"We are working to ensure our timeline to reopen happens as quickly and safely as possible, as we know our guests depend on their local McDonald's and we are committed to doing our part to help our communities"
As COVID-19 continues to rage on, more and more companies are feeling the effect of minimalized or destroyed businesses.
Last week, McDonald’s Canada announced the closure of two locations in Edmonton after workers in the franchise tested positive for coronavirus. The outlets, one on 8 Avenue and 34 Street the other on Webber Greens Drive, will be closed for intensive cleaning.
In a news release, McDonald’s announced; “Out of an abundance of caution, the decision was made to immediately shut down the restaurant for a thorough cleaning and sanitization by a certified third party.
“We are working to ensure our timeline to reopen happens as quickly and safely as possible, as we know our guests depend on their local McDonald’s and we are committed to doing our part to help our communities.”
Looking out for workplace health and safety had never been more important, as HR leaders are constantly looking to safeguard employee wellbeing in this time of crisis.
Speaking to HRD Canada, Stuart Rudner, founder of employment law firm Rudner Law, explained the potential ramifications of employees catching the virus at work.
An employee can’t sue based upon exposure,” explained Rudner. “But they can raise a claim based upon actual damage. If the employee becomes sick and suffers any kind of damage or loss, then they could look at raising a legitimate claim. In most cases, however, businesses are covered by Workplace Safety Insurance or Workers’ Compensation, depending on which province you operate in.”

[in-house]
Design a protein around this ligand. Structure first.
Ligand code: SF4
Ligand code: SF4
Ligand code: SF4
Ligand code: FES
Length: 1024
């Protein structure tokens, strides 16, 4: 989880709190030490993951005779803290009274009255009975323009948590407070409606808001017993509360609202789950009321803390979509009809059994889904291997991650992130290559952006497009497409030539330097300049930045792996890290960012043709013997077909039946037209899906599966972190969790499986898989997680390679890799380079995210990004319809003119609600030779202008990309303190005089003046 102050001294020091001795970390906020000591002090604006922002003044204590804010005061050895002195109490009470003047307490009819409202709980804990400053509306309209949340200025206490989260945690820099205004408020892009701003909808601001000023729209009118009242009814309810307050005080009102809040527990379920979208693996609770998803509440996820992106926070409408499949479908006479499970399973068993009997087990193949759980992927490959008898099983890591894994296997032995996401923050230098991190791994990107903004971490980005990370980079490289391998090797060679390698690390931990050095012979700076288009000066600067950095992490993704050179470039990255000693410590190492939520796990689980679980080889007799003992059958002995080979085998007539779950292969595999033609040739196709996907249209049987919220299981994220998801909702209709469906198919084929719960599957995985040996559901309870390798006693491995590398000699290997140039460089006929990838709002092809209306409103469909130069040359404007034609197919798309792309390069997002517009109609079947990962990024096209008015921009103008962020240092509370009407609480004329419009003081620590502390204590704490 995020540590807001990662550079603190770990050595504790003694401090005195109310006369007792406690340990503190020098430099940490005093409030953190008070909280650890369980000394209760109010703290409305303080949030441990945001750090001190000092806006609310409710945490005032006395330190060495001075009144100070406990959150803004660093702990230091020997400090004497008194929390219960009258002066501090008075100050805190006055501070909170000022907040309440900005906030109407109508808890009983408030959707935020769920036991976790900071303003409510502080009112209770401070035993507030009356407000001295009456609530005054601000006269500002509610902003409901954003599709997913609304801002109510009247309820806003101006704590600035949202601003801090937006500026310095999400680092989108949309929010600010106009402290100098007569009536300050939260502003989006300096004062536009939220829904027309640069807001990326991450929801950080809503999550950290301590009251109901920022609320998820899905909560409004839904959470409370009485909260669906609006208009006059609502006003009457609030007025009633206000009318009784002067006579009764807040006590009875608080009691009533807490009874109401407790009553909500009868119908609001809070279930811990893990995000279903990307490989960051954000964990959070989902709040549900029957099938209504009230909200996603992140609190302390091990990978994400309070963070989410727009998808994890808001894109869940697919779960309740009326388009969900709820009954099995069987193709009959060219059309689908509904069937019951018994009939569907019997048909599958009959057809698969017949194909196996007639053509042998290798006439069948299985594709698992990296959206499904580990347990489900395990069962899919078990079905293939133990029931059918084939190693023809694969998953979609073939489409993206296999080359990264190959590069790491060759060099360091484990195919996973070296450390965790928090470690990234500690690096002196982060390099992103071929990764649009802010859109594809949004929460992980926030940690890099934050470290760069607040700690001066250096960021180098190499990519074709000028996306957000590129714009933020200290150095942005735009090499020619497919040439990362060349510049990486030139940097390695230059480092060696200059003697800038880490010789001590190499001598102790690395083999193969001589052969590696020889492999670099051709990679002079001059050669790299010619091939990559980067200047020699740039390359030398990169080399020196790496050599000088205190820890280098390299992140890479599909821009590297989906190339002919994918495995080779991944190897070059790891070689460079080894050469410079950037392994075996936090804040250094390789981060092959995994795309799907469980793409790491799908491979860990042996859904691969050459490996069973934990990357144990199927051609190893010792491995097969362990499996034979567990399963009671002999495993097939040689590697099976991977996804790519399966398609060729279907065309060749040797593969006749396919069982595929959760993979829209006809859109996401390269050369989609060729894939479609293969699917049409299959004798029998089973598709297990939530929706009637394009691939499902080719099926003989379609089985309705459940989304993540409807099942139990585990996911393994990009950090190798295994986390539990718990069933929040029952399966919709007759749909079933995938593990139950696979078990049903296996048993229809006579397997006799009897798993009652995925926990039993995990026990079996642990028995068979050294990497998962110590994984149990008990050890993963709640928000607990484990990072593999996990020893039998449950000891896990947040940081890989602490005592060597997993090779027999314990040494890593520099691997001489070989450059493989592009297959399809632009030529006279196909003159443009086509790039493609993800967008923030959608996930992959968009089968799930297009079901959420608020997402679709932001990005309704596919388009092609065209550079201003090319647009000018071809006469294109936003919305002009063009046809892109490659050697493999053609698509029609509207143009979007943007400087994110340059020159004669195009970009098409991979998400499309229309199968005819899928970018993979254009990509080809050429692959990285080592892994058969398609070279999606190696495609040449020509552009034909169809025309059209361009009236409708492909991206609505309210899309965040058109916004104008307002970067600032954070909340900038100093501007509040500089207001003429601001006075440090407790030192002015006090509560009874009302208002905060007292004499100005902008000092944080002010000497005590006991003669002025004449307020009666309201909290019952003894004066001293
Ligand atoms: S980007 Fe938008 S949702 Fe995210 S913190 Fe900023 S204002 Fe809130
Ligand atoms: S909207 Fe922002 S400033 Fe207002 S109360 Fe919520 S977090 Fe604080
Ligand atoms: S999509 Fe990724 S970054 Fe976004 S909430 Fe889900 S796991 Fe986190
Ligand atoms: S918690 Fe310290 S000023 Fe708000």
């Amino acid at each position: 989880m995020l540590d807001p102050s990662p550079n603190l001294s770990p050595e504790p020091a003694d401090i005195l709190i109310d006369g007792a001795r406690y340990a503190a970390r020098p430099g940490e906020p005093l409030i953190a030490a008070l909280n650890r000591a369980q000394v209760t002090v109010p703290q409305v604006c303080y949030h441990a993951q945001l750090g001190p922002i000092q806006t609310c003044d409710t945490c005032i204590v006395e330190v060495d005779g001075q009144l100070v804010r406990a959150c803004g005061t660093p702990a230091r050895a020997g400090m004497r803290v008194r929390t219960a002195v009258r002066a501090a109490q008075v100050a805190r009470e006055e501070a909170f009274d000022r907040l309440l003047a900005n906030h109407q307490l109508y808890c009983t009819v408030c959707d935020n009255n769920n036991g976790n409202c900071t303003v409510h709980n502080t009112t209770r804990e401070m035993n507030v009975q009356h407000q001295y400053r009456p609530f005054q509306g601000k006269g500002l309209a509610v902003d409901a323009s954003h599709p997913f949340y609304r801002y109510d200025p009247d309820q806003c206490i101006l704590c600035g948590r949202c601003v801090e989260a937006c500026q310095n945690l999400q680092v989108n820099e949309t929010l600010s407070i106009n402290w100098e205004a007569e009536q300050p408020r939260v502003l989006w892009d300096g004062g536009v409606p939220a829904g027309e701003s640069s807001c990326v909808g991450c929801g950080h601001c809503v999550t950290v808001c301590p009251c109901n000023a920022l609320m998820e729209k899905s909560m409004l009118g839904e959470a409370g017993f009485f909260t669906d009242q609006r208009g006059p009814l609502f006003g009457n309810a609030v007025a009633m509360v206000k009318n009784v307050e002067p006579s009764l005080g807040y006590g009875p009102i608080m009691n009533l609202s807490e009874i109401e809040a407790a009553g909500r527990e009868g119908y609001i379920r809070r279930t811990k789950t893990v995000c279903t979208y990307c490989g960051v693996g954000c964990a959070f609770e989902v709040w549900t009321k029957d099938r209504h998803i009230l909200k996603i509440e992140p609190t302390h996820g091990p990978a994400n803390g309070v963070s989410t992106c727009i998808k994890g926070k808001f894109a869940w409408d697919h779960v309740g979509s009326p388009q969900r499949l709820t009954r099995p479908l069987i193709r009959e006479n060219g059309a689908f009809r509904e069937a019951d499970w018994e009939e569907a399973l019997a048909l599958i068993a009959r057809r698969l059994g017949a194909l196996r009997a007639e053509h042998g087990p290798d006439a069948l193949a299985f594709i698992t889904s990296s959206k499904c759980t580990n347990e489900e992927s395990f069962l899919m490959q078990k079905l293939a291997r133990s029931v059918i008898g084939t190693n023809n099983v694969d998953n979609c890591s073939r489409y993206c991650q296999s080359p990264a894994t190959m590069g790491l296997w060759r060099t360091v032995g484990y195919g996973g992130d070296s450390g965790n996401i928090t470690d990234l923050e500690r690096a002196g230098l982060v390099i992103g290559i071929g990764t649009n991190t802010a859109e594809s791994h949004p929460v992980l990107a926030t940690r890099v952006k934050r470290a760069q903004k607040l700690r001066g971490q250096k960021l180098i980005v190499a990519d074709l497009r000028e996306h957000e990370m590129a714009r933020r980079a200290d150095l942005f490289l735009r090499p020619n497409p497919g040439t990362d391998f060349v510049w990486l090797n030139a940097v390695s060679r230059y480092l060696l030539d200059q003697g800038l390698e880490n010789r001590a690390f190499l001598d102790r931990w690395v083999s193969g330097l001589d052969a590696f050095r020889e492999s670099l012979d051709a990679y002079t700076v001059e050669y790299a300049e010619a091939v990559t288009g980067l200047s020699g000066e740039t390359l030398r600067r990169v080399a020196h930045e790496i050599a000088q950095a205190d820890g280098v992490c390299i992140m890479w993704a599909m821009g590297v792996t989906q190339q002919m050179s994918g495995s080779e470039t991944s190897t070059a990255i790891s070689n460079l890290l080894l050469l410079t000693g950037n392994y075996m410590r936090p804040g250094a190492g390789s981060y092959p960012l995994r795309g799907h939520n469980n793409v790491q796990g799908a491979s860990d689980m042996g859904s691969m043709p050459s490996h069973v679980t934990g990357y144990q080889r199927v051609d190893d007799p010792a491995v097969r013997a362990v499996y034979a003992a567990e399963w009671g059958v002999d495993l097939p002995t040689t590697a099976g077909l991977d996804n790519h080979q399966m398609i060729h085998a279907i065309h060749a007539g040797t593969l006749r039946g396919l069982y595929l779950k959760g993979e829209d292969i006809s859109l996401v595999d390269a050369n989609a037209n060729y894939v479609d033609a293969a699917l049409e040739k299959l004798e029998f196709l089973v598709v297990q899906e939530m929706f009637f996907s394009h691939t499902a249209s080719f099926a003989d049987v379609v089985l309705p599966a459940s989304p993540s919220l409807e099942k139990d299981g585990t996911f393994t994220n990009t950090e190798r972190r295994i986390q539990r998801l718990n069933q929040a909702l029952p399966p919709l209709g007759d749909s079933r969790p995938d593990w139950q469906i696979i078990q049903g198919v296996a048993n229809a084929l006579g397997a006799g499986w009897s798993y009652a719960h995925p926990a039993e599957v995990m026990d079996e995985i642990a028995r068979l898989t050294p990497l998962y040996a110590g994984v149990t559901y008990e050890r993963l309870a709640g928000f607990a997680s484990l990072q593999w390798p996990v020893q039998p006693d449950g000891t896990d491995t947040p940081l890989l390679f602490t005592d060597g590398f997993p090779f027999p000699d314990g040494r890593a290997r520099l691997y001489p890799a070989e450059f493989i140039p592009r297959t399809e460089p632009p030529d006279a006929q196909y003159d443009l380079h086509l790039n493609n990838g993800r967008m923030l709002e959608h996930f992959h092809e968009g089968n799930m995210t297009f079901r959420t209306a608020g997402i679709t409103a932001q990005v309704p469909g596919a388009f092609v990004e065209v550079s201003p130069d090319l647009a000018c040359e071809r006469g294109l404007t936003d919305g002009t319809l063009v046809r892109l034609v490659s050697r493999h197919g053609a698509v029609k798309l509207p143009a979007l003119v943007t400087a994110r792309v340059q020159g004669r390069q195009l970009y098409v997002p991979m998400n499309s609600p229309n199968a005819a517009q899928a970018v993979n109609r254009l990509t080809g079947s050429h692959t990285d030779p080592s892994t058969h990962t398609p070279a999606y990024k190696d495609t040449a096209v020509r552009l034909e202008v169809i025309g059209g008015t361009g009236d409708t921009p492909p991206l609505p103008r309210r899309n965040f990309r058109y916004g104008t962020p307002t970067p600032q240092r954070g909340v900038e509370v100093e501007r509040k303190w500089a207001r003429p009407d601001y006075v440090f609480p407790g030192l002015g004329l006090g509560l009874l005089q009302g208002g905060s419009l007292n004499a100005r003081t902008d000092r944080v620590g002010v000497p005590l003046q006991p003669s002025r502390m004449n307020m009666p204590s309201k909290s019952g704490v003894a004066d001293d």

And it’s not just physical wellbeing that’s under threat – employee mental health is at a breaking point. A survey from Lumino Health found that almost 60% of workers report that COVID-19 has derogatorily impacted their mental wellbeing.
Speaking to Dr Jarik Conrad, r. Director of Human Insights and HCM Evangelism at Ultimate Software, he implored employers to take the time to identify workers who’re suffering in silence.
“Employers should be looking out for people who are not quite on their game. For example, perhaps they’re inconsistent with things that they’re usually consistent with. They might be very dependable employees – then, suddenly, they start to miss deadlines or drift off in meetings. The key is to watch out for subtle behavioural changes.”